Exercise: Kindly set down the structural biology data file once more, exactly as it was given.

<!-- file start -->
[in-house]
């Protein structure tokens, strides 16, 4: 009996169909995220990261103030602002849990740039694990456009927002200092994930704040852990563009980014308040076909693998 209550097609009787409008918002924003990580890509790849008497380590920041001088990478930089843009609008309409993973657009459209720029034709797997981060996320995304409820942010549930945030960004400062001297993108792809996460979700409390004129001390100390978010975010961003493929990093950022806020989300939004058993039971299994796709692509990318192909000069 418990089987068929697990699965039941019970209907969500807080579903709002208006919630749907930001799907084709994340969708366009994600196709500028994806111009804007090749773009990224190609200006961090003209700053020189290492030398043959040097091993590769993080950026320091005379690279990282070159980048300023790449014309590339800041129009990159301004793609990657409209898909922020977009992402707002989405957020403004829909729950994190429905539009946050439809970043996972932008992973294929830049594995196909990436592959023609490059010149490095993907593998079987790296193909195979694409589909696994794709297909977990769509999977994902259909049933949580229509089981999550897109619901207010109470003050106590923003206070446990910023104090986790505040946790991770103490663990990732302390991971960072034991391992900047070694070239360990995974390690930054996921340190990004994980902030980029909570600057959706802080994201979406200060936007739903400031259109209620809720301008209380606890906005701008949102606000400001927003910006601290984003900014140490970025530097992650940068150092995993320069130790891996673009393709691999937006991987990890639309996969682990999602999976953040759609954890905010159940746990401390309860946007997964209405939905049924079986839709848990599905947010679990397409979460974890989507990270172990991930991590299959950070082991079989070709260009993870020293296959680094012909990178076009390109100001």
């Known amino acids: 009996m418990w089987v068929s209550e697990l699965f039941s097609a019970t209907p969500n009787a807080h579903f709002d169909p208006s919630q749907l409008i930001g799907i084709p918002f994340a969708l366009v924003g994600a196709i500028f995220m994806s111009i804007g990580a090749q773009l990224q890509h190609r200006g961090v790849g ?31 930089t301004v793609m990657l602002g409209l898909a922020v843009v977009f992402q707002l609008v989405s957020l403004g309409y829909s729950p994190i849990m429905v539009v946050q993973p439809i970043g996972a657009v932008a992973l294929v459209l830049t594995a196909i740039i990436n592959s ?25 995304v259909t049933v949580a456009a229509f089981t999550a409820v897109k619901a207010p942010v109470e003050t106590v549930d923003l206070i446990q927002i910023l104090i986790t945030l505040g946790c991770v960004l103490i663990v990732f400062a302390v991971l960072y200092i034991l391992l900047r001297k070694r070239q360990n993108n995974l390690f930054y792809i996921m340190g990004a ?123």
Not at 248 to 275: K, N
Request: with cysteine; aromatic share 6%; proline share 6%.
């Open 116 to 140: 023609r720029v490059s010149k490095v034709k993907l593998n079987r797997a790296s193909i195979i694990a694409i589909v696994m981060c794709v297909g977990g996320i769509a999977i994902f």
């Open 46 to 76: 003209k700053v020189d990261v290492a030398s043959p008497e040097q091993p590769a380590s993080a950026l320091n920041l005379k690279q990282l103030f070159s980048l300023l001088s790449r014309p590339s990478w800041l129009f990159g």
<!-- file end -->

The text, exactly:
[in-house]
């Protein structure tokens, strides 16, 4: 009996169909995220990261103030602002849990740039694990456009927002200092994930704040852990563009980014308040076909693998 209550097609009787409008918002924003990580890509790849008497380590920041001088990478930089843009609008309409993973657009459209720029034709797997981060996320995304409820942010549930945030960004400062001297993108792809996460979700409390004129001390100390978010975010961003493929990093950022806020989300939004058993039971299994796709692509990318192909000069 418990089987068929697990699965039941019970209907969500807080579903709002208006919630749907930001799907084709994340969708366009994600196709500028994806111009804007090749773009990224190609200006961090003209700053020189290492030398043959040097091993590769993080950026320091005379690279990282070159980048300023790449014309590339800041129009990159301004793609990657409209898909922020977009992402707002989405957020403004829909729950994190429905539009946050439809970043996972932008992973294929830049594995196909990436592959023609490059010149490095993907593998079987790296193909195979694409589909696994794709297909977990769509999977994902259909049933949580229509089981999550897109619901207010109470003050106590923003206070446990910023104090986790505040946790991770103490663990990732302390991971960072034991391992900047070694070239360990995974390690930054996921340190990004994980902030980029909570600057959706802080994201979406200060936007739903400031259109209620809720301008209380606890906005701008949102606000400001927003910006601290984003900014140490970025530097992650940068150092995993320069130790891996673009393709691999937006991987990890639309996969682990999602999976953040759609954890905010159940746990401390309860946007997964209405939905049924079986839709848990599905947010679990397409979460974890989507990270172990991930991590299959950070082991079989070709260009993870020293296959680094012909990178076009390109100001």
């Known amino acids: 009996m418990w089987v068929s209550e697990l699965f039941s097609a019970t209907p969500n009787a807080h579903f709002d169909p208006s919630q749907l409008i930001g799907i084709p918002f994340a969708l366009v924003g994600a196709i500028f995220m994806s111009i804007g990580a090749q773009l990224q890509h190609r200006g961090v790849g ?31 930089t301004v793609m990657l602002g409209l898909a922020v843009v977009f992402q707002l609008v989405s957020l403004g309409y829909s729950p994190i849990m429905v539009v946050q993973p439809i970043g996972a657009v932008a992973l294929v459209l830049t594995a196909i740039i990436n592959s ?25 995304v259909t049933v949580a456009a229509f089981t999550a409820v897109k619901a207010p942010v109470e003050t106590v549930d923003l206070i446990q927002i910023l104090i986790t945030l505040g946790c991770v960004l103490i663990v990732f400062a302390v991971l960072y200092i034991l391992l900047r001297k070694r070239q360990n993108n995974l390690f930054y792809i996921m340190g990004a ?123």
Not at 248 to 275: K, N
Request: with cysteine; aromatic share 6%; proline share 6%.
């Open 116 to 140: 023609r720029v490059s010149k490095v034709k993907l593998n079987r797997a790296s193909i195979i694990a694409i589909v696994m981060c794709v297909g977990g996320i769509a999977i994902f």
């Open 46 to 76: 003209k700053v020189d990261v290492a030398s043959p008497e040097q091993p590769a380590s993080a950026l320091n920041l005379k690279q990282l103030f070159s980048l300023l001088s790449r014309p590339s990478w800041l129009f990159g």